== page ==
In guinea pigs, in which early pregnancy can be disrupted by antiprogestins, maternal serum levels, similar to what is seen in humans, rise from the time of conception to a peak in early gestation followed by a transient decrease in late gestation and increasing levels from that point beyond the time of parturition. Rabbits and sheep in contrast have very low levels of progesterone in the serum as compared to humans, and in these animals, pregnancy brings a slight increase in serum progesterone and a rapid fall before parturition.
Another important endocrine system related to pregnancy is the hypothalamic pituitary adrenal axis, both of the mother and the fetus. Activation of the HPA axis by stress or other factors initiates a cascade involving release of corticotropin-releasing hormone (CRH) from the hypothalamus, secretion of corticotropin (ACTH) from the anterior pituitary, and action of ACTH on the adrenal to release cortisol and other glucocorticoids which can then exert feedback suppression on their release. This system not only interacts with the immune system, but is also thought to be part of the mechanism underlying poor pregnancy outcomes related to emotional or physiologic stress.[44, 45] CRH, a principle mediator of the HPA axis, is produced by the placenta and fetal membranes and may be a mediator of local estrogen production. In pregnant women, the possibility for multiple sources of increased systemic CRH presents an ongoing challenge in understanding the interaction between maternal stress, fetal stress, and normal HPA development in the generation of parturition or preterm birth. Animal models are likely critical in the examination of this issue in that they can be used to isolate and understand the potential importance of maternal versus fetal HPA and other factors[47, 48] in this process.
In related non-human primates, the placenta also expresses CRH, and development of the fetal adrenal and activation of the fetal HPA axis generate important support signals for normal labor. Compared with humans, the biochemistry of adrenal steroid production and the development of the fetal adrenal gland in various non-human primates show subtle differences that may need to be considered in choosing a primate model to examine the role of the HPA axis in normal development or prematurity.
In rats and mice, the HPA axis expresses important differences from that found in humans. For example, the major product of HPA axis activation in humans is cortisol, while that in most rodents is corticosterone. Moreover, the development of the fetal adrenal gland in rats and mice is markedly different with major relative deficiencies in important enzymes and preference for different substrates. In these species, the response to stress may lead to fundamentally different means of pregnancy failure, including a decreased level of circulating progesterone. While rodent models may not be ideal for the examination of the role of HPA axis in normal pregnancy, evolving rodent models may be of interest in understanding the interaction of the HPA axis and stress in parental behavior.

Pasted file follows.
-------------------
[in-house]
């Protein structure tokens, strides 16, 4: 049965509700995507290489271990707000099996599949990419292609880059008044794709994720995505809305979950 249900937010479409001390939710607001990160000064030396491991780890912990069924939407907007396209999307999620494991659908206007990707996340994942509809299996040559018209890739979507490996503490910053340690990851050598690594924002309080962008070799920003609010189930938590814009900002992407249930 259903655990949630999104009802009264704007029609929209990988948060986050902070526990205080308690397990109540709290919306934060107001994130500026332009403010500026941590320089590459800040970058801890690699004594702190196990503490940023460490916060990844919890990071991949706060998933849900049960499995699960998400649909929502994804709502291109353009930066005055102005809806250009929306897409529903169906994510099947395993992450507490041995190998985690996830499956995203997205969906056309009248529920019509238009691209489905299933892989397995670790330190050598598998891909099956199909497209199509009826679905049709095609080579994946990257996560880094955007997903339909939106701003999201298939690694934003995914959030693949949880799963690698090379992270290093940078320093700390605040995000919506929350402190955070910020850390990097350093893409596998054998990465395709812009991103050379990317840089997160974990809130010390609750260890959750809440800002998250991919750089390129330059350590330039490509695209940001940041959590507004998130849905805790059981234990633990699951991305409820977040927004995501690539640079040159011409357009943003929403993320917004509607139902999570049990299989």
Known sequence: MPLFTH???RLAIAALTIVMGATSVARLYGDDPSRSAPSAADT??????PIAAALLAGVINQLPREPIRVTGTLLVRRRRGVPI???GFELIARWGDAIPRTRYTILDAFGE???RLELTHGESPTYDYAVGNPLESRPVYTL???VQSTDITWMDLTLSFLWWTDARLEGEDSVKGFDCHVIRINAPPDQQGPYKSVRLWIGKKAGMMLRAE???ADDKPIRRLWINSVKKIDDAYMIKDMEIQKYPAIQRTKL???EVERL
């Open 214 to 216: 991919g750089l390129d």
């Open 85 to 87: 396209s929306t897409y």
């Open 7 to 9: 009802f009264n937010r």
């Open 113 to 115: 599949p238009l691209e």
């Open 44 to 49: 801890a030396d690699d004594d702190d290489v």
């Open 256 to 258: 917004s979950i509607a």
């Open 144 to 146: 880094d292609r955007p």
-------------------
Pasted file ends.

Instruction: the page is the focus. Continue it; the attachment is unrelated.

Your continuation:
Sheep have been used as a model of maternal and fetal HPA axis function during pregnancy. In this animal model, it is the development and activation of the fetal HPA that is the primary driver of parturition, and stresses such as hypoxia activate the HPA axis in sheep and lead to preterm labor.
The maternal–fetal interface in humans includes close contact between maternal and fetal cells not only within the placenta and uterus but also within the maternal and fetal circulations, as cellular traffic has been shown in either direction.[56, 57] The expression of proteins unique to the mother on fetal cells has raised a decades-long debate over the critical pathways and mechanisms needed to assure both immune tolerance and protection of the fetus from infection. Humans can mount an immune response against fetal antigens during pregnancy, and it is clear that there is an intricate interaction between maternal immune cells and trophoblast.[60, 61] This interaction may be of benefit to the evolving conceptus or may be involved in early pregnancy loss or other adverse pregnancy outcomes. Activation of local innate immunity within the myometrium is thought to play a role in parturition and in premature uterine contractions. In humans, certain pathogens are more deleterious during pregnancy as compared to the non-pregnant state, while others are not, and the role of the placenta as a safe harbor for evolving pathogens has been described. Some infection syndromes that occur in humans occur only under contrived conditions in animals. Moreover, some organisms, such as CMV, are different in different hosts. Both the peculiarities of the immune response and the infectious agent must be taken into consideration when using an animal model to understand the function of the immune response during pregnancy.
The maternal–fetal interface in primates expresses similar oligomorphic major histocompatibility (MHC) molecules and other immune modulating factors as are found in humans. Similar populations of immune cells have also been observed in the primate uterus and placenta during pregnancy.[72-74] Moreover, shared susceptibility to certain infections exists. In addition, the high degree of sequence similarity between key human and non-human primate protein sequences has supported the use of anti-human antibodies in ELISA and other immune assays to examine the immune response in non-human primates. These factors have made primate models useful for the study of infection, immunity, and adverse pregnancy outcome.